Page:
The first weekend of Fantastic Fest 2013 has been a whirlwind of excitement and buzz around the strangest, most intense films you won’t find at Sundance — which is a good thing. Now in its eight year, Austin genre-film fest uncovers the weirdest of the weird from every corner of the globe, but it's also become the launching pad for some major movies in the domestic market.
Enter Man of Tai Chi, a multilingual kung fu film that finds two film veterans taking a new cinematic path. The first is the film’s lead actor, Tiger Chen Hu, a martial artist who performed as a stunt man for films such as the sequels to The Matrix. The second is the film’s first-time director, Keanu Reeves, the Hollywood actor who has performed his fare share of kung fu on film.
Man of Tai Chi follows the story of a young martial artist, played by Tiger Chen, who becomes involved with an underground fighting competition led by a powerful Hong Kong businessman, played by Keanu Reeves. The film follows a moral journey through the philosophy of tai chi. Reeves and Tiger Chen took some time out from their Fantastic Fest schedule to elaborate on their new roles and speak to what tai chi can teach us about life.
Despite having experienced considerable professional pressure in the past, the two were ready to take new challenges in stride. “I would say that for the both of us, the work that we have done in the past has led us to be prepared for the moment to make Man of Tai Chi,” says Reeves. Citing his work on set as an actor and occasional experience behind the scenes as a producer or developing scripts, Reeves says that “a lot of the rooms were familiar to me: the acting, the camera, the set, pre-production and post. I have had kind of a life of film school, so my experience brought me to this place.”
Much of Chen’s work also set him up to be prepared for a much bigger part in filmmaking. “For me, when I was a stunt guy and even training in martial arts, I always wanted to be the actor,” says Chen. “I’ve been prepared for this for many years, and we’ve worked on Man of Tai Chi for many years. I think I’m ready. Thanks to this gentleman for making my wish come true — my dream come true.”
Directing a film for the first time can be stressful for anyone, but Reeves didn’t have time to let the pressure get to him. “It’s such a joyful thing,” says Reeves, “You know, it’s our passion. Like [Tiger Chen] said, growing up wanting to — for me growing up wanting to and doing — and then having this opportunity. You’re in moments that you’re just so happy to be there.”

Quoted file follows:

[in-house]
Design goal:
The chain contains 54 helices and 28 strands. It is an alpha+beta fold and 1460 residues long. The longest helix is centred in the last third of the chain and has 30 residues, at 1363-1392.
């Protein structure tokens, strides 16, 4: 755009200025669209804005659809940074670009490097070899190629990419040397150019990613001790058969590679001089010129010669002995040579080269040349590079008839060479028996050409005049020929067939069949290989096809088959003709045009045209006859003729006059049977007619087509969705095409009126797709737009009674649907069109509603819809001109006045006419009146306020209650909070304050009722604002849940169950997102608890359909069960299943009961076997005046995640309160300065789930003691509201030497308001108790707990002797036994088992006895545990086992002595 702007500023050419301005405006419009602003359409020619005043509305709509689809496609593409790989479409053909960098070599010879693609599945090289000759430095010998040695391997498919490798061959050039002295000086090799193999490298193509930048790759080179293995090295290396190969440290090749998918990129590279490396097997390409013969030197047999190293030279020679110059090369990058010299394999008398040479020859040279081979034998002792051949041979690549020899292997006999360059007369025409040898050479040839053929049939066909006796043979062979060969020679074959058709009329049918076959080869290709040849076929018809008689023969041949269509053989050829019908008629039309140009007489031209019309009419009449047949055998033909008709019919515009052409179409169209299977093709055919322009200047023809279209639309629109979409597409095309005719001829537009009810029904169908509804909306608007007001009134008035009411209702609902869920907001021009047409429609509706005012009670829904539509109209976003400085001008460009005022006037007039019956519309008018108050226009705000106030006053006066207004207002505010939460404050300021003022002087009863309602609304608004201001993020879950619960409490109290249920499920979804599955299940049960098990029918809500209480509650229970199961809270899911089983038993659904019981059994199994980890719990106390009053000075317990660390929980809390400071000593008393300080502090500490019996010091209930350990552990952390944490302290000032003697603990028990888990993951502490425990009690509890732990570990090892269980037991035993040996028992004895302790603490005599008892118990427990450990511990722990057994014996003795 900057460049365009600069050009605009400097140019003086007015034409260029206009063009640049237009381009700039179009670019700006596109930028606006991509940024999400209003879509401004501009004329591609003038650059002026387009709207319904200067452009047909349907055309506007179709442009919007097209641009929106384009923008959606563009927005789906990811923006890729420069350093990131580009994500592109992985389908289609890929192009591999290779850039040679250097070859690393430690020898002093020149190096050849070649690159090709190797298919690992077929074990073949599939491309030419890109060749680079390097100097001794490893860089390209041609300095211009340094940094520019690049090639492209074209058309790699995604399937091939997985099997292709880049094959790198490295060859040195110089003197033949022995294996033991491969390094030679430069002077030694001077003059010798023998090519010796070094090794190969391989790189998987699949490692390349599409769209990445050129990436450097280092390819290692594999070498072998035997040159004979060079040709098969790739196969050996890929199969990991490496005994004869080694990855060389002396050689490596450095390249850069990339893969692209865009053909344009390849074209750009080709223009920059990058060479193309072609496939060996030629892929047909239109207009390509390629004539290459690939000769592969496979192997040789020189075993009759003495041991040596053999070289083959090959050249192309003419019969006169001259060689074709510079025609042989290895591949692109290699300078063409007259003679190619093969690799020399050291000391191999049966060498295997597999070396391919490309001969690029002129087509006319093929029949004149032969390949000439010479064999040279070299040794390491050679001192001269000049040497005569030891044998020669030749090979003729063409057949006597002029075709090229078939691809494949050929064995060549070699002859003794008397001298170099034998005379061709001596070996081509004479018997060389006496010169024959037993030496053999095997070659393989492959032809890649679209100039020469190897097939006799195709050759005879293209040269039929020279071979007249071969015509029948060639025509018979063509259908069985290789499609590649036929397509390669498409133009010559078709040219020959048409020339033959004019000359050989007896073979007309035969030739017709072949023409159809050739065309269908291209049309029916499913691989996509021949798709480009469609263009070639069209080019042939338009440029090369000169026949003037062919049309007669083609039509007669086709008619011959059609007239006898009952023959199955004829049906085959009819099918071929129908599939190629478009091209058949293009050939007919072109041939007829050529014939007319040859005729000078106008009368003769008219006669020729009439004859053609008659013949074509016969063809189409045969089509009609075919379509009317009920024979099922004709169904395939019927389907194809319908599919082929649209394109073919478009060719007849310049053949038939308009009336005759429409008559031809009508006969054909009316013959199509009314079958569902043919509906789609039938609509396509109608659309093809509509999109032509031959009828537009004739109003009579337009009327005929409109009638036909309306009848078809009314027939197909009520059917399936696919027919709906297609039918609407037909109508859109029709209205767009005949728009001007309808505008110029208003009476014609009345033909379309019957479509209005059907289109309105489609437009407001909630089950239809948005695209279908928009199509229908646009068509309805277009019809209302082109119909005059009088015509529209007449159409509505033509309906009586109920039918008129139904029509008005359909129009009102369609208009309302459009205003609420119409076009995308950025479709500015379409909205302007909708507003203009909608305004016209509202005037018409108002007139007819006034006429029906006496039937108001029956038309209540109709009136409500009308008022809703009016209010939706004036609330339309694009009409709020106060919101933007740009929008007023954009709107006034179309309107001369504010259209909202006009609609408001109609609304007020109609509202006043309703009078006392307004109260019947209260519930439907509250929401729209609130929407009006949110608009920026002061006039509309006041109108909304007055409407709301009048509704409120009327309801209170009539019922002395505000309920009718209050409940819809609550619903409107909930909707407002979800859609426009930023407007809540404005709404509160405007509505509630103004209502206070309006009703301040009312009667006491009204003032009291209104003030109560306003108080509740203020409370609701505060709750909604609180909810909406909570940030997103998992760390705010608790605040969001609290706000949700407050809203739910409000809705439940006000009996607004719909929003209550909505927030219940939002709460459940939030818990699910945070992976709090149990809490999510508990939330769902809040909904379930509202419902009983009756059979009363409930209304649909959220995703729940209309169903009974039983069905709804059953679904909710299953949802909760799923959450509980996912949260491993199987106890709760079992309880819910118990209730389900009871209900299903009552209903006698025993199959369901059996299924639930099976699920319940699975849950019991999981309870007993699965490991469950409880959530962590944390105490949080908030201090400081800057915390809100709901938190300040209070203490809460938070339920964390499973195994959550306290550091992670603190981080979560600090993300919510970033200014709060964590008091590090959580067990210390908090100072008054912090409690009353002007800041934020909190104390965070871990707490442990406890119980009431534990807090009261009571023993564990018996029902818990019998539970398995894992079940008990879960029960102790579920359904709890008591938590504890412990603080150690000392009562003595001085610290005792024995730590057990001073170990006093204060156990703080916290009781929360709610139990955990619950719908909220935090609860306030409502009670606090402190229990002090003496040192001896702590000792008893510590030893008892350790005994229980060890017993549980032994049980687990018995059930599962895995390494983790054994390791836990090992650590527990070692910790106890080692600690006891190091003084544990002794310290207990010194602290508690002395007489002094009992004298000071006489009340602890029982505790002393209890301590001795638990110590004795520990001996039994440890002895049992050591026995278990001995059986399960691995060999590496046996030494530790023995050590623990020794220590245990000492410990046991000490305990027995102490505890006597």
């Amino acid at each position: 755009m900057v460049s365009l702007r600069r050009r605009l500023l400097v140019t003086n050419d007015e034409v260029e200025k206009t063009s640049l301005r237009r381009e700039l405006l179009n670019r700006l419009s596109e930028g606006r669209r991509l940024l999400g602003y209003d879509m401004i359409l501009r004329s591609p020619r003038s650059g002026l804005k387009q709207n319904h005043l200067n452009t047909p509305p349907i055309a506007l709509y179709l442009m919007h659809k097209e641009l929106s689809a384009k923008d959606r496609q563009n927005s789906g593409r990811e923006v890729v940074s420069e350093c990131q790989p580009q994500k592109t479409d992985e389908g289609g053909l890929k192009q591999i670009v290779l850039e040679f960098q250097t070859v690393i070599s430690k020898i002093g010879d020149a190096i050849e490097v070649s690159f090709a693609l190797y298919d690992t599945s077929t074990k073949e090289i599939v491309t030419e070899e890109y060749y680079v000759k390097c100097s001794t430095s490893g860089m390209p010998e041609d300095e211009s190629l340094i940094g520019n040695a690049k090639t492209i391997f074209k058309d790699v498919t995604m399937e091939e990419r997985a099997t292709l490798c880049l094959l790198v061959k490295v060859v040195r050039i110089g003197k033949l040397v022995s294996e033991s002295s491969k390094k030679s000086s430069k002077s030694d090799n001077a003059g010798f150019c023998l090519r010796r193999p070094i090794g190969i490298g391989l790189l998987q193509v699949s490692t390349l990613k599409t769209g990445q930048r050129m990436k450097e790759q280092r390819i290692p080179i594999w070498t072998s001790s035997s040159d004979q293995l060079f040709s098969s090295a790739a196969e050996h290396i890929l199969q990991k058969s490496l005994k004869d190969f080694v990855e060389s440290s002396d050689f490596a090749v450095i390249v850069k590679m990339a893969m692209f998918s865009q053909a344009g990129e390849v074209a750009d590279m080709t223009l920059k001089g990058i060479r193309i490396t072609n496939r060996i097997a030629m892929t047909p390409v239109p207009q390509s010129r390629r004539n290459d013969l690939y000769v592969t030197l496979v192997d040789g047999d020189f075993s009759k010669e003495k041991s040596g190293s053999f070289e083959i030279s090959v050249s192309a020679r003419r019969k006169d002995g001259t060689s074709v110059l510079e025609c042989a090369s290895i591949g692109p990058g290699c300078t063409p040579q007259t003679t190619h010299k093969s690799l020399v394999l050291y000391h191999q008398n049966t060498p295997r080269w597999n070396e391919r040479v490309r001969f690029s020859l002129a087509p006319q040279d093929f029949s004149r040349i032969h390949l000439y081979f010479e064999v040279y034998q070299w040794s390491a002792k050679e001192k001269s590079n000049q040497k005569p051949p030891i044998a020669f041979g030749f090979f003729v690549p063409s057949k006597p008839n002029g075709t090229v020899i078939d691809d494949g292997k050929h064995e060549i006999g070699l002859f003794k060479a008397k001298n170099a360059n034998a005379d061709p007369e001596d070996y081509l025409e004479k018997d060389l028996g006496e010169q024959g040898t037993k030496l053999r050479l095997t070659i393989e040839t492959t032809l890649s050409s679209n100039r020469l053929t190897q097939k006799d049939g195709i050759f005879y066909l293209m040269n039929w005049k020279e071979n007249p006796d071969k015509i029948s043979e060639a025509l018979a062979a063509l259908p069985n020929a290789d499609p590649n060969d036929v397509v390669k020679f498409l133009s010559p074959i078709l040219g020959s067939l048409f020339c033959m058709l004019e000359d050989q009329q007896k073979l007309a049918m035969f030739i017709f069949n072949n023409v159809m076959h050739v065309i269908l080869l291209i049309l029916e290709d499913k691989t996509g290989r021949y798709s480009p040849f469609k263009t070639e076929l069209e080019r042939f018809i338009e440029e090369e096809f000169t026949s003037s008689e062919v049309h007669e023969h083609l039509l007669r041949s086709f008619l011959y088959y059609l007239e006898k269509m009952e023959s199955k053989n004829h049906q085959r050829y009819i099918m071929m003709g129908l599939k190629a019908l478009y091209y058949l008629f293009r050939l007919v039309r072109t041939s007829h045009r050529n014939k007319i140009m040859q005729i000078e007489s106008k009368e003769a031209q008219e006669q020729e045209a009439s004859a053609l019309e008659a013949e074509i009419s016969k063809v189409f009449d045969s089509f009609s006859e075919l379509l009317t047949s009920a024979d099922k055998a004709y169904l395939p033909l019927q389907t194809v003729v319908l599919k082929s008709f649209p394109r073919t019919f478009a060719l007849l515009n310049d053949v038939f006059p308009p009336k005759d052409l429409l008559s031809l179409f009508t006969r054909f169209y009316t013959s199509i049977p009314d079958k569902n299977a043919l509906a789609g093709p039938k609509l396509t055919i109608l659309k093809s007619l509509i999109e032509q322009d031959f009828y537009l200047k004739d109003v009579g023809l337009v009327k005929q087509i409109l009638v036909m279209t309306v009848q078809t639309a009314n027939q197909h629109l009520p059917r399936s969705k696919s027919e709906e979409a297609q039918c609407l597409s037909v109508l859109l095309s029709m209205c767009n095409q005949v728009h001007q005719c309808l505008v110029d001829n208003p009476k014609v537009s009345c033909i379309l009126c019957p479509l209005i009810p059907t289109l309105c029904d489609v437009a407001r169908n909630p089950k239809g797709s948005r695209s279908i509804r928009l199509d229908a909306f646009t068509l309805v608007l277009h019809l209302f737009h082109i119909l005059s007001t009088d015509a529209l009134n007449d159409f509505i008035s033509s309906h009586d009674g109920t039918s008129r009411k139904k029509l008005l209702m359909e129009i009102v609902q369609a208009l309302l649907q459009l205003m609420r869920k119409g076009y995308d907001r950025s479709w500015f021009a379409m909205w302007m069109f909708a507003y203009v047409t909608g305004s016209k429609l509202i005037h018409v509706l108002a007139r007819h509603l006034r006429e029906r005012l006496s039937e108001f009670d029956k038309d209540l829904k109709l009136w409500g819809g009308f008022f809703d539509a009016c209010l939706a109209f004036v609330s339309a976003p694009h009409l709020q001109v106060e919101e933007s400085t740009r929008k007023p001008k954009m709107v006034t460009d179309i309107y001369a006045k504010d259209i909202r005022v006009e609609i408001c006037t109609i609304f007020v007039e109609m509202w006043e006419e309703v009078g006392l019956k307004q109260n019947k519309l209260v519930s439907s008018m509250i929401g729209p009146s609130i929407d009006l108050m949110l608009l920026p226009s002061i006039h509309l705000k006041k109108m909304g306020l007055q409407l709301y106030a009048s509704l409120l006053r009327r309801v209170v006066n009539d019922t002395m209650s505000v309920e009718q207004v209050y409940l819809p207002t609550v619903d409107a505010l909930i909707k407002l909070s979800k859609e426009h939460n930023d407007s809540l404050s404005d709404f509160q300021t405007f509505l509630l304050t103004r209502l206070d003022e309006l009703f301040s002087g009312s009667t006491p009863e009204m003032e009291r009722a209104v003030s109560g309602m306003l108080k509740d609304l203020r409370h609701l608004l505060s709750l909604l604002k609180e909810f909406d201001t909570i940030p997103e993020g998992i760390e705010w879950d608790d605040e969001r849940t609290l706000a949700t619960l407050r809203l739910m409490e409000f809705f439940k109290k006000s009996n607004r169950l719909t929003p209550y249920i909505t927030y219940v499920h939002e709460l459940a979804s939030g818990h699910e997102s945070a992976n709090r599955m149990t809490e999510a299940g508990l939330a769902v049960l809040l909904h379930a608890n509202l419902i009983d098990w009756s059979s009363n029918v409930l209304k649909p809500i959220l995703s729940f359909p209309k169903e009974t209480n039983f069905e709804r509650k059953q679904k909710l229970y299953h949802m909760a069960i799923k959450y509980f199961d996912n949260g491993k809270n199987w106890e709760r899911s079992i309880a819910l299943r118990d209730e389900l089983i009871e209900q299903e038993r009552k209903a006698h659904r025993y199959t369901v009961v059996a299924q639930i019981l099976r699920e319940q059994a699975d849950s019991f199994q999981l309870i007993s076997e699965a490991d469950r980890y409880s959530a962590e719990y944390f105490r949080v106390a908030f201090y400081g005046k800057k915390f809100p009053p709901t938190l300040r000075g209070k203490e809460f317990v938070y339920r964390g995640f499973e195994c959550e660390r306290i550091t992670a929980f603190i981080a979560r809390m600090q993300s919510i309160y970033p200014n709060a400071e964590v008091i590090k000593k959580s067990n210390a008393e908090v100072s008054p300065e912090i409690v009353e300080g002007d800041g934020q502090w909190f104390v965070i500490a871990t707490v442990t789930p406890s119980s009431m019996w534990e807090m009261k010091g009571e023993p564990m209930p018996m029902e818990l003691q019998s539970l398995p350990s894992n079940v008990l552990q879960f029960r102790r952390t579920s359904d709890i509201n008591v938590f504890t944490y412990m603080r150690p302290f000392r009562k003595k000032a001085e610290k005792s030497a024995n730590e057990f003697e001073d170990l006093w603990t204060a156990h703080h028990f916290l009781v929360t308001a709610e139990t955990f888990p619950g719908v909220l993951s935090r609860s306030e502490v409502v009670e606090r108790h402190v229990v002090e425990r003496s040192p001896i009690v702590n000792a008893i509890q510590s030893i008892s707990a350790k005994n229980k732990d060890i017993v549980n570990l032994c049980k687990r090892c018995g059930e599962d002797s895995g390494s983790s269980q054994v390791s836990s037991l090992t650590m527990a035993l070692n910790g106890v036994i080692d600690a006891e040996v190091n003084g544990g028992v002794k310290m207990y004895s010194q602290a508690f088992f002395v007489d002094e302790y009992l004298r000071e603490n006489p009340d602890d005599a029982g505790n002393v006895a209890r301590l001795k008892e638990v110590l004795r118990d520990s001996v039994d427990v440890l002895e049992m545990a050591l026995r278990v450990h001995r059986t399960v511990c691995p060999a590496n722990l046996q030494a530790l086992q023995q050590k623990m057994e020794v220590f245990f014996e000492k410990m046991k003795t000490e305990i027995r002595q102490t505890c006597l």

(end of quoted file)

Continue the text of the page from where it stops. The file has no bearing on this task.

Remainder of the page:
“How was your first day?” Reeves asked Chen. "I was under big, big pressure," the Man of Thai Chi star responded. "[There is] lots of pressure on me as an actor for the very first time. Physically, the pain is every day, since there are a lot of fights, and mentally because he pushed me to the edge a lot of times. It feels like I’ll have a heart attack a lot of times. It’s such a pain, but it’s such a pain that it brings you such happiness."
The production of the film was a new journey for both men, but within the completed film is another journey that lays out the philosophy of tai chi and how it can inform the way people can live their lives.
“It’s tai chi, but if you don’t know it as tai chi. It’s what we experience in our life, in a sense of — I want to just say 'light and dark' — but as we evolve and change, as we build our character, as we build who we are,” says Reeves. “I think we go through things that are very tai chi; you have forces that act upon you, and how do you respond? Sometimes we come after them hard-style — ‘Fuck you!’
“And then as life goes on, you see where that gets you, when people come at you in certain ways and in our life experience," he says. "So the film can be enjoyed from the tai chi perspective, but it's also approachable and communicated personally.”
If he had to choose one lesson that can come from the portrayal of the hero’s journey in Man of Tai Chi, Reeves says, it would be “the idea of thoughtfulness. The meditation or thoughtfulness of what are we doing and why are we doing it. That could be the choices that we make or the behaviors. Hopefully, this thoughtfulness can help with compassion for ourselves and for others: personally, as a culture, as a group and as a species.”
Man of Tai Chi will be available September 27 on VOD and enters U.S. theaters nationwide on November 1.